Mathematics Stack Exchange is a question and answer site for people studying math at any level and professionals in related fields. It's 100% free, no registration required.

Sign up
Here's how it works:
  1. Anybody can ask a question
  2. Anybody can answer
  3. The best answers are voted up and rise to the top

Homework, again...

A topological space $(X,\tau)$ is called $T_0$-space if these two equivalent statements are true:

i) If $x,y \in X, x \not= y$, then $\overline {\{x\}} \not= \overline {\{y\}}$

ii)If $x,y \in X, x \not= y$, then $\exists \ U \in \tau, \ x\in U, \ y \not\in U$ OR $\ y\in U, \ x \not\in U$

I need to prove these statements are equivalent.

$ii \Rightarrow i $:

$y \not \in U \Rightarrow y \in U^c$, which is closed. Thus $\overline {\{y\}} \subset U^c$. We notice that $x \not \in \overline {\{y\}}$ (for $x$ cannot be in $U$ and $U^c$ at the same time), but $x \in \overline {\{x\}}.$ Thus $\overline {\{x\}} \not= \overline {\{y\}}$.

This, of course, doesn't mean that they need to be completely separate. Like if $X = \{a,b\}, \ \tau = \{\emptyset, \{a\}, X\}$. This is $T_0$, as $\overline {\{a\}} = X$, but $\overline {\{b\}} = \overline {\{b\}}$. They are not same, but they do have shared points.

$i \Rightarrow ii$:

Thus far the best I can do is state the antithesis: $$x \in U \iff y \in U \land \exists \ z \in \overline {\{x\}}, z \not\in \overline {\{y\}}.$$ Is this even a good way to do this? I have about two pages of trying to see if some kind of intersection of closures or complements or combinations thereof produces a contradiction... Any advice would be appreciated.

share|cite|improve this question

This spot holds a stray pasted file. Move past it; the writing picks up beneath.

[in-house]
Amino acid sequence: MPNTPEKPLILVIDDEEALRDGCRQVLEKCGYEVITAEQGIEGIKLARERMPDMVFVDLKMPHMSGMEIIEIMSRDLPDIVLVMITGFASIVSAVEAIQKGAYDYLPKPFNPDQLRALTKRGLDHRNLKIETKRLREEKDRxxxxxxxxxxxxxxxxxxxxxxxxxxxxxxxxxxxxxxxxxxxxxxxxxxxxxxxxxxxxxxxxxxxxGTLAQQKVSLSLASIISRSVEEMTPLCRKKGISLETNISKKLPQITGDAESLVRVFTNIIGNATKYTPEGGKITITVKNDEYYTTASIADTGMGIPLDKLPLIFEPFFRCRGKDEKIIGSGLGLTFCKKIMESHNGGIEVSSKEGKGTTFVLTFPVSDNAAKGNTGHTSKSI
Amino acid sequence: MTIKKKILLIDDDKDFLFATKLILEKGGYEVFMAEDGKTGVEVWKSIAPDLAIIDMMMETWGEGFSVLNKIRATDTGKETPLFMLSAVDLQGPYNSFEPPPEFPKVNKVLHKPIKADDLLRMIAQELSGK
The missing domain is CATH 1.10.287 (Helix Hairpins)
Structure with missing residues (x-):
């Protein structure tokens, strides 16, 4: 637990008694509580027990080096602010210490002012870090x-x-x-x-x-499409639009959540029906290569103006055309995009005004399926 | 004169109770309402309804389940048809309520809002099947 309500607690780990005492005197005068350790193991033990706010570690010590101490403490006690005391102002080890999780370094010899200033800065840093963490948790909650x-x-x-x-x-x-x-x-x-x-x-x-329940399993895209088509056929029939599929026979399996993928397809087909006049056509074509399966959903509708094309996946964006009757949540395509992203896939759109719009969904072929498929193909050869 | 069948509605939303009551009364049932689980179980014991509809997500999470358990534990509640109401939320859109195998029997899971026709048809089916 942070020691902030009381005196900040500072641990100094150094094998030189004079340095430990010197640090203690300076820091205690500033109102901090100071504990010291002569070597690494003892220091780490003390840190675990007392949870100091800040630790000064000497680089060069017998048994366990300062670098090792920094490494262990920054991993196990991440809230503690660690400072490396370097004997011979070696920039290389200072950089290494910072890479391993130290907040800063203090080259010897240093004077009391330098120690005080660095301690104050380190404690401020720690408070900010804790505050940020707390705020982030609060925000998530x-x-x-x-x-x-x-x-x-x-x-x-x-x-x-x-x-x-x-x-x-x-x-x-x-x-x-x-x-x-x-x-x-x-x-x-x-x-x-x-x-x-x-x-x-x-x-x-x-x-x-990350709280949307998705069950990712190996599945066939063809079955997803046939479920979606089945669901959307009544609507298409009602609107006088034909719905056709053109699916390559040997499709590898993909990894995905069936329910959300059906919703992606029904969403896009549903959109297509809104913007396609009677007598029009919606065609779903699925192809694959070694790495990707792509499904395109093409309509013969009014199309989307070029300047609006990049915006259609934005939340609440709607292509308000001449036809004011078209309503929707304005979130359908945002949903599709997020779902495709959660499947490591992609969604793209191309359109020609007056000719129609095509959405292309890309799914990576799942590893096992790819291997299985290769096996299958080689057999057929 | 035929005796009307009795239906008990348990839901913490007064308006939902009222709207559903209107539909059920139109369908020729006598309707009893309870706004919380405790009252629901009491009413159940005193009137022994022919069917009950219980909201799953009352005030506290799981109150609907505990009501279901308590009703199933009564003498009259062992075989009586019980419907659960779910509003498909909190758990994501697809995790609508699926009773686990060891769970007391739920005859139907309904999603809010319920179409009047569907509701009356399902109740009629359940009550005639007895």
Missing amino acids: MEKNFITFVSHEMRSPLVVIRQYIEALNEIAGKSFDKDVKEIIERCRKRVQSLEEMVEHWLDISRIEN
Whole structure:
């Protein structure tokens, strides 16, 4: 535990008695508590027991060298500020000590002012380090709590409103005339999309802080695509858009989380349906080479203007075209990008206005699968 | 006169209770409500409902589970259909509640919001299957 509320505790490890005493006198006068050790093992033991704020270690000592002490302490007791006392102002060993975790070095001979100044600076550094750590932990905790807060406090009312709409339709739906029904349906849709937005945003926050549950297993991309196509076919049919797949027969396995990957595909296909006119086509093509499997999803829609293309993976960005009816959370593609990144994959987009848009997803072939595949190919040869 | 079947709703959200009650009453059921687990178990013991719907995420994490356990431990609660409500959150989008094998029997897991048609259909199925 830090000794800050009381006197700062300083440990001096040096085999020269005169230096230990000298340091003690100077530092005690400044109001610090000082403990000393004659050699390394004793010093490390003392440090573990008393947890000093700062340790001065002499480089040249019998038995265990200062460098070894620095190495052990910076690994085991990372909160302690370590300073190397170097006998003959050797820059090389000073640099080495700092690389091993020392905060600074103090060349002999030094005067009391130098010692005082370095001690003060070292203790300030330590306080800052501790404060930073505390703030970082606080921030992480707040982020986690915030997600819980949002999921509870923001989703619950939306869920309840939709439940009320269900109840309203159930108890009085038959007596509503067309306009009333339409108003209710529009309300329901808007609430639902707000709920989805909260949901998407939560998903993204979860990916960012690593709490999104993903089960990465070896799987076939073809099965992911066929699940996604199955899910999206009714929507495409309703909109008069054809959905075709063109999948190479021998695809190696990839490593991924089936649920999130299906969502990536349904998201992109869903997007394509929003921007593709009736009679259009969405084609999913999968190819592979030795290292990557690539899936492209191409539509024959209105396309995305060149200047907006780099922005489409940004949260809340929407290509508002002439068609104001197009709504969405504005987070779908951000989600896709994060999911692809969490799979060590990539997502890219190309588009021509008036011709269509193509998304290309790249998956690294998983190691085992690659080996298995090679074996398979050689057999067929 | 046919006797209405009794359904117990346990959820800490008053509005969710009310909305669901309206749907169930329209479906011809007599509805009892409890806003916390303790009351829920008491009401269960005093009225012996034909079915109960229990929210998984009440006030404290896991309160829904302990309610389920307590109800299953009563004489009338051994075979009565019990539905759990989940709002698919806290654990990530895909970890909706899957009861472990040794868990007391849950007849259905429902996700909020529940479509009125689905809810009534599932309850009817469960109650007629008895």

The second definition is wrong. It should say "$\exists U\in\tau. (x\in U\land y\notin U)\lor(x\notin U\land y\in U)$". – Asaf Karagila Feb 4 '13 at 17:33
Or I can just name x to by y and y to be x and be done with it... I figured it would be clear enough without the long ream of inclusions and ors and ands. – Valtteri Feb 4 '13 at 17:36
But that is not the same thing. For example take the topology on $\mathbb R$ where all the non-empty open sets include $0$. The result is $T_0$ but it is not satisfying the condition written in your post. – Asaf Karagila Feb 4 '13 at 17:38
@AsafKaragila So an open set necessarily includes 0, so if I select any other point, there can be no open set that only that and no 0...I can see the point. I will add some correction. – Valtteri Feb 4 '13 at 17:45
up vote 1 down vote accepted

Recall that $x\in\overline{A}\setminus A$ if and only if every open set including $x$ intersects both $A$ and its complement.

Suppose that $\overline{\{x\}}\neq\overline{\{y\}}$. If one of the point is closed then we are done, as its complement is open and is the open set witnessing the $T_0$ separation. If neither points is closed then there is some $z\neq x,y$ such that $z\in\overline{\{x\}}$ or $z\in\overline{\{y\}}$, but not in both.

If $z\in\overline{\{x\}}$ then there exists an open set $U$ such that $y\notin U$, witnessing $z\notin\overline{\{y\}}$, but every open set including $z$ must include $x$ as well, and so that particular $U$ is open $x\in U$, $y\notin U$.

In a similar manner when $z\in\overline{\{y\}}$.

share|cite|improve this answer
very much thank you. The truth that boundary must include points from both inside and outside of the set eluded me. – Valtteri Feb 4 '13 at 18:13
Yes, and with that wrong definition in mind you wouldn't have been able to prove that either! :-) – Asaf Karagila Feb 4 '13 at 18:17

Your Answer


By posting your answer, you agree to the privacy policy and terms of service.

Not the answer you're looking for? Browse other questions tagged or ask your own question.